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Latasha’s story: BCC is a ‘lifesaver’ for college graduate

Latasha - CropLatasha M., though only in her 20s, is already a success story, in so many ways.

Tasha, as she’s called by her friends, graduated with a BS in exercise science from the University of Maryland Eastern Shore in 2014. While there she was a member of the Division I indoor and outdoor track teams. She’s currently applying to schools to pursue a masters in athletic training.

“As a kid, I never thought I would finish high school, let alone go to college or grad school,” Tasha says. “Now look at me.”

Without hesitation, Tasha says her dream job would be to combine her passion for athletics and a desire to care for others, working either as an athletic trainer for a professional sports team, like her beloved Baltimore Ravens, or as a personal trainer at a gym.

Achieving her goals

“I love being healthy and active and staying in shape,” she says. “I love getting people in shape. Pushing them a little bit at a time. I have always wanted to help people — I can’t help myself, I’ve been a problem solver all my life.”

In spite of her natural abilities and drive, Tasha credits her relationship with the Board of Child Care as the main reason she has been able to achieve her goals.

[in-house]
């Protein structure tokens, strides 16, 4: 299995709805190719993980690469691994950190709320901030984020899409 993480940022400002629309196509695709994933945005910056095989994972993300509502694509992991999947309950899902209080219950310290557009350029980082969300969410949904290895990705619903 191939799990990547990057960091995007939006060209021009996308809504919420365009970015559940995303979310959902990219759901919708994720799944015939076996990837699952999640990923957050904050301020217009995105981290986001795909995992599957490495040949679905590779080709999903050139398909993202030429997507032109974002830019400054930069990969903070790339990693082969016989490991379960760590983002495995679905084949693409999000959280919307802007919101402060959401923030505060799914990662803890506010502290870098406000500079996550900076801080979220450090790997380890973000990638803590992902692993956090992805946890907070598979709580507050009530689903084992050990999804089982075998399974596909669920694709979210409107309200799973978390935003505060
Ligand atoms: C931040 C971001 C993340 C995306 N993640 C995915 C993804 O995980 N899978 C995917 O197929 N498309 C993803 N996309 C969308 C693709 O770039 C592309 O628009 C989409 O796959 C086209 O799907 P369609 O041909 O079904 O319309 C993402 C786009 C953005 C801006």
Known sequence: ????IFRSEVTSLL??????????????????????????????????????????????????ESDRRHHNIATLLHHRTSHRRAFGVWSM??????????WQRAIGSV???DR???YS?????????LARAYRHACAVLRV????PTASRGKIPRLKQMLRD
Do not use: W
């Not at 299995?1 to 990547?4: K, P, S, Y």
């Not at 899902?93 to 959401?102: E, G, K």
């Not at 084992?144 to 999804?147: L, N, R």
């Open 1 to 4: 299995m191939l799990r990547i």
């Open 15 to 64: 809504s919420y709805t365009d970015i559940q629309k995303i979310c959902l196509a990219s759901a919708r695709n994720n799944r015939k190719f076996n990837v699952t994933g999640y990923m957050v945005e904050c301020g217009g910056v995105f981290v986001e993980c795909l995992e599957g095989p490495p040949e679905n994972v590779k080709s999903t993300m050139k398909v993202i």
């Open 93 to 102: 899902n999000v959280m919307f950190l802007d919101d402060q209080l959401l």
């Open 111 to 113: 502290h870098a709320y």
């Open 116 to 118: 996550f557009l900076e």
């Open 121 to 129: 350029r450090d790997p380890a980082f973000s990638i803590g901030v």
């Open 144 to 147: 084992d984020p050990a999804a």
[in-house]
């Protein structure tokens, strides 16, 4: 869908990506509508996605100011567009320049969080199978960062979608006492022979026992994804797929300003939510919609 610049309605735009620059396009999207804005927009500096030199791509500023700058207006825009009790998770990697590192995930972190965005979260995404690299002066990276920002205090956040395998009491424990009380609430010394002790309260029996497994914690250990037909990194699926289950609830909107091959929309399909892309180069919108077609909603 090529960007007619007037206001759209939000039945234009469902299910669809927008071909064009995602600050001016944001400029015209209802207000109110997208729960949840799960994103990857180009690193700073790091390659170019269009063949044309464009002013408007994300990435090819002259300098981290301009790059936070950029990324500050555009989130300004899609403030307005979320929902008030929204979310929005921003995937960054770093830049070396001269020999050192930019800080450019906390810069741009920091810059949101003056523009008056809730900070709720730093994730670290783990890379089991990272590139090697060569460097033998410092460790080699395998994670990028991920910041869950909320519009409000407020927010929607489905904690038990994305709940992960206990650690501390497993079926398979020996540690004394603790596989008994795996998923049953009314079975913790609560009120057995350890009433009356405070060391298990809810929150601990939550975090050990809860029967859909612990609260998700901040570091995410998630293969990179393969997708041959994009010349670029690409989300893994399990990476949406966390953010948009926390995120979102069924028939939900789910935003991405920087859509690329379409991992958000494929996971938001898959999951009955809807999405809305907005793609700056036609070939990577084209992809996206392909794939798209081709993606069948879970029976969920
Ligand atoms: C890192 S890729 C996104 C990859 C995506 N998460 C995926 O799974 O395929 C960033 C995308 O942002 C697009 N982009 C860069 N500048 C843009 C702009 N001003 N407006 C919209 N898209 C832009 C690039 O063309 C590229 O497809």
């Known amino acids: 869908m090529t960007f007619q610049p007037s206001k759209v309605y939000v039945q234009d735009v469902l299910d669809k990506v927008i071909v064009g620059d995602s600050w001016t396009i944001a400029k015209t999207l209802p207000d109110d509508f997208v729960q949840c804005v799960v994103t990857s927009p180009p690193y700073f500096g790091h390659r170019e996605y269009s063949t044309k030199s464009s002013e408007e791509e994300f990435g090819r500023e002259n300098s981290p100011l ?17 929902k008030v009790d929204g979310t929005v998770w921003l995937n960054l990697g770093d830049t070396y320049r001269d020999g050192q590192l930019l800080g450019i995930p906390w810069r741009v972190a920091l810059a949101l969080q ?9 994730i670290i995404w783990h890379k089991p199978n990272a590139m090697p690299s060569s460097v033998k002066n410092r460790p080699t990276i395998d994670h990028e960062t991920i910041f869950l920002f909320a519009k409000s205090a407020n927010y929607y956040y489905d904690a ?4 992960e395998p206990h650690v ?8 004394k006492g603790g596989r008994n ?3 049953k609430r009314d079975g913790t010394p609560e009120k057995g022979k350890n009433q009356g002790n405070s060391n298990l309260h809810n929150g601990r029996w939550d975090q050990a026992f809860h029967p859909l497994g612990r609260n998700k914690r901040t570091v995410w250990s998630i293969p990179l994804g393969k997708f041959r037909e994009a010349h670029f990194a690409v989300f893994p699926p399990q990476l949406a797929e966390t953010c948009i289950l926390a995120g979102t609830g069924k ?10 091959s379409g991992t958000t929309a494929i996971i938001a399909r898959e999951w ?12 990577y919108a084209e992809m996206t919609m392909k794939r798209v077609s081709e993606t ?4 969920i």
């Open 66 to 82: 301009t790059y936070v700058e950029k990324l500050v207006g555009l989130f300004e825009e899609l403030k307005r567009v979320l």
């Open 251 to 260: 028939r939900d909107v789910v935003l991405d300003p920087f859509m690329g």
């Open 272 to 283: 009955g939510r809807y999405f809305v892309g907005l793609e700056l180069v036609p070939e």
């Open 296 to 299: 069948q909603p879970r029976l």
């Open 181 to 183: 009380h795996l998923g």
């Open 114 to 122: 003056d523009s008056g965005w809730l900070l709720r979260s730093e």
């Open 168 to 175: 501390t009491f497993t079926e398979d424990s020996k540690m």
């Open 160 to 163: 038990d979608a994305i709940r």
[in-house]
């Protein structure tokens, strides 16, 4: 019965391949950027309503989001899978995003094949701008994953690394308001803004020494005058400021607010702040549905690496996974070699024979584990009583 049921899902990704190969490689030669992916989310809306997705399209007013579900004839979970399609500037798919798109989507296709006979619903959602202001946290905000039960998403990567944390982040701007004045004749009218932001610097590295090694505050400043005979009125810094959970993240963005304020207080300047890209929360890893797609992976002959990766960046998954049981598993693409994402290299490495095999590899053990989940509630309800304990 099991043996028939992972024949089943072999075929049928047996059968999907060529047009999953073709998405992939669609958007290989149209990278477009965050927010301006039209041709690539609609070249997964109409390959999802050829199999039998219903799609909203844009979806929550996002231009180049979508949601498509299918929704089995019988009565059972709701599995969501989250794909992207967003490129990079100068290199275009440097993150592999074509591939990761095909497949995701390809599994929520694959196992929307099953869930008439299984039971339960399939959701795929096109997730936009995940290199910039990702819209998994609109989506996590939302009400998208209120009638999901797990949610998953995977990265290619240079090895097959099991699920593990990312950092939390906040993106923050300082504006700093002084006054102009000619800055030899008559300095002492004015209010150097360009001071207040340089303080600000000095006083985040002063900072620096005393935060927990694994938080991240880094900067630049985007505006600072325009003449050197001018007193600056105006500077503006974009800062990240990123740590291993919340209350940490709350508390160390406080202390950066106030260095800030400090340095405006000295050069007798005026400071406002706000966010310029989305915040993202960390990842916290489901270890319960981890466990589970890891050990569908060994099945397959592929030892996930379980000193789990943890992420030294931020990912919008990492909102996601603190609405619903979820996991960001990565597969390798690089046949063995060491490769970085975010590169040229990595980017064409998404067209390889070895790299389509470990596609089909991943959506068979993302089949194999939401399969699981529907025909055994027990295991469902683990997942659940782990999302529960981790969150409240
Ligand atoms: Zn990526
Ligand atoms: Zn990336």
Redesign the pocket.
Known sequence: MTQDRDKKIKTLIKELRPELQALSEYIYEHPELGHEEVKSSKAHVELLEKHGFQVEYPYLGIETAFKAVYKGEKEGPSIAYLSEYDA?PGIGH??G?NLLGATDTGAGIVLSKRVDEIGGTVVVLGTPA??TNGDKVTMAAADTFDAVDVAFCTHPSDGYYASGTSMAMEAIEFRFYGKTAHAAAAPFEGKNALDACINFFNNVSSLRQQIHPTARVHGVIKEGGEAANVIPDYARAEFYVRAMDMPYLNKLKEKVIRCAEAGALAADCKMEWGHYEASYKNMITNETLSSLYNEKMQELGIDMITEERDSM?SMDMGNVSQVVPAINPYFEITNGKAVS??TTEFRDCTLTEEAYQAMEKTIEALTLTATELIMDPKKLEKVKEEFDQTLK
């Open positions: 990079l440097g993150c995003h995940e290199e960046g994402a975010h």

“If I could describe my experience with Board of Child Care in one word or phrase, I would say ‘lifesaver,’” she says with a smile. “BCC literally saved my life, in many ways.”

At age 13, Tasha, along with her sister, was moved into foster care, staying first at BCC’s Colesville sibling group home in Silver Spring and later at the Baltimore campus.

“Being in foster care was hard. I didn’t feel like a ‘regular kid’ at first,” she says. “But it helped me get closer to my sister. We quickly realized our family wasn’t the best support system for us. We learned we needed each other and had each other’s back.”

Learning valuable lessons

Tasha says the staff at BCC was especially helpful because they used their own experiences to teach her some valuable life lessons and skills.

“At BCC, I learned not to let my past affect my future,” she says. “The program helped me learn self-discipline, to be humble, to enjoy life, to set goals and learn how to achieve them, and to enjoy the moment.”

Tasha admits it took her awhile but she eventually listened to the staff’s advice, studied hard in school and used sports as a way to feel better about herself.

“BCC was the best environment for me when I needed it most,” says Tasha, who graduated from BCC in 2009 and now lives on her own in an apartment near BCC’s Baltimore campus. “They gave me the support I needed to be successful. If you work with them, BCC can change your life.”

This story originally appeared in BCC’s 2014 Annual Report.  Click here to see all annual reports.